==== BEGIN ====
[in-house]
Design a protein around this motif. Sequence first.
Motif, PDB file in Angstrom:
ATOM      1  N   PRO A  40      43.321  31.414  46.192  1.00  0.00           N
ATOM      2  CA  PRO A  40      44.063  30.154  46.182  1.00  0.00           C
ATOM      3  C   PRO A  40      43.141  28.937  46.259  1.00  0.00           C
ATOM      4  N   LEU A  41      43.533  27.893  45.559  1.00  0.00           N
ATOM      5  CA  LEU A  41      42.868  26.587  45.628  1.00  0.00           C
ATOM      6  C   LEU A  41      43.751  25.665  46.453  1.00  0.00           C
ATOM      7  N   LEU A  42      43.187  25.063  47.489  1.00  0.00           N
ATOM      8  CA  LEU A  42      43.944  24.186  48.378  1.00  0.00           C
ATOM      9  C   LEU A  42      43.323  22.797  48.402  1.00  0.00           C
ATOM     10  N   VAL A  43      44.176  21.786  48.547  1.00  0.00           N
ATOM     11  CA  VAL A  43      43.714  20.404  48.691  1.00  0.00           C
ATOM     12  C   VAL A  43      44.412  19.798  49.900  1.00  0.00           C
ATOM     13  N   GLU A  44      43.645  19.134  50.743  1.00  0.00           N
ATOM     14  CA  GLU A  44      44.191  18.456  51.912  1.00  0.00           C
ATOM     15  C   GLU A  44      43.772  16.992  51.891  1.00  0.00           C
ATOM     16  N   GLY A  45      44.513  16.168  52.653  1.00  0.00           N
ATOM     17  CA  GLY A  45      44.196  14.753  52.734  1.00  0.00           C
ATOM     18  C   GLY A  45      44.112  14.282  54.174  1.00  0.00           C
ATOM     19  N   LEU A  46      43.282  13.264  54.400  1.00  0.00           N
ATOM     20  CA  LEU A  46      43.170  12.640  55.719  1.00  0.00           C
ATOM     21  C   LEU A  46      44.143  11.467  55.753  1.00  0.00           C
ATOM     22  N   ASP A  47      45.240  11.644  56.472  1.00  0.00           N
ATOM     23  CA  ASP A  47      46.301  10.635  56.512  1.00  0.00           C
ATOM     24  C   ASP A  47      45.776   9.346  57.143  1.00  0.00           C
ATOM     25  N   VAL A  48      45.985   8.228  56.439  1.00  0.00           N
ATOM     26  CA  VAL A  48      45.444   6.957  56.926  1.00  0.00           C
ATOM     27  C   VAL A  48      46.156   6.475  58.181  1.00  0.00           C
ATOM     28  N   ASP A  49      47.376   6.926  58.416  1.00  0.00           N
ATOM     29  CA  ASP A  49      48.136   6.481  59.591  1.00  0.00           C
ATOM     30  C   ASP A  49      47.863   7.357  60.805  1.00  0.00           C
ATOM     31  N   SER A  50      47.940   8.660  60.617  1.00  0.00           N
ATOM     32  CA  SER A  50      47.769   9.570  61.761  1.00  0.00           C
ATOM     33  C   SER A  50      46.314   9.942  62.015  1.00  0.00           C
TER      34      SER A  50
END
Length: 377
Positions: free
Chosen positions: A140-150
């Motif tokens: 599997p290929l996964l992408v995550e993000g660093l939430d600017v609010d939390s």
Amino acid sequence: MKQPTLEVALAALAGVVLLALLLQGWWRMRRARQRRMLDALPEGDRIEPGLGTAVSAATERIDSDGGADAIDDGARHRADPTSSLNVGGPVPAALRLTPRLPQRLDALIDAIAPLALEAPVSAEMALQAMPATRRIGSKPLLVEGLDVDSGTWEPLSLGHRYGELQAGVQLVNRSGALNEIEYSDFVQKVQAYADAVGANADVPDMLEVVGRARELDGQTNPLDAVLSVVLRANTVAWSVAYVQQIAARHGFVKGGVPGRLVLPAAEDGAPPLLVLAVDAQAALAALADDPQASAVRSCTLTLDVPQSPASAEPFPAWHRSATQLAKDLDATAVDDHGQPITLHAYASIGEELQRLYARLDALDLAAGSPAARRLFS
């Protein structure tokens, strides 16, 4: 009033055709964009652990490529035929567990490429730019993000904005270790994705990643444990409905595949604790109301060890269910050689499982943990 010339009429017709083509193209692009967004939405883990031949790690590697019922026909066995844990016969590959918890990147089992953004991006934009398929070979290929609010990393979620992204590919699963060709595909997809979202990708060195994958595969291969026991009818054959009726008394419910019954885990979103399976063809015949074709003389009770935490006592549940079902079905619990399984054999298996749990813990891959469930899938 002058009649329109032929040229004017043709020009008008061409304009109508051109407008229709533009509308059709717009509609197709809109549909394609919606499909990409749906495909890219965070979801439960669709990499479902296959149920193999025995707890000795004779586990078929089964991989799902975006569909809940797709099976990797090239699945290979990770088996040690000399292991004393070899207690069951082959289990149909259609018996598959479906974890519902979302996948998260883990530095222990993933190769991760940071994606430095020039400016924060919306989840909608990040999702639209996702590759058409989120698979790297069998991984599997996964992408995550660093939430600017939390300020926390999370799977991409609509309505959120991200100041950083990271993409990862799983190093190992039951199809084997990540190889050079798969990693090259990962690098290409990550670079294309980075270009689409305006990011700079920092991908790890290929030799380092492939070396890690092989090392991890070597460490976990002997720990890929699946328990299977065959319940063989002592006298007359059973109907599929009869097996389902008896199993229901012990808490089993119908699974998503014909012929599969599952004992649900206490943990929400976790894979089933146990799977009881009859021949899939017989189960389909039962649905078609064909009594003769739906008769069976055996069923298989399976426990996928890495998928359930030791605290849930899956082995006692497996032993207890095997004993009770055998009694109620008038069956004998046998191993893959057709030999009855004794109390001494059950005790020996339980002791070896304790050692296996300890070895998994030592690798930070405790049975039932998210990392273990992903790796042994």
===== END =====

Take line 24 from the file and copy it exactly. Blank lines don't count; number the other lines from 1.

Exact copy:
ATOM     21  C   LEU A  46      44.143  11.467  55.753  1.00  0.00           C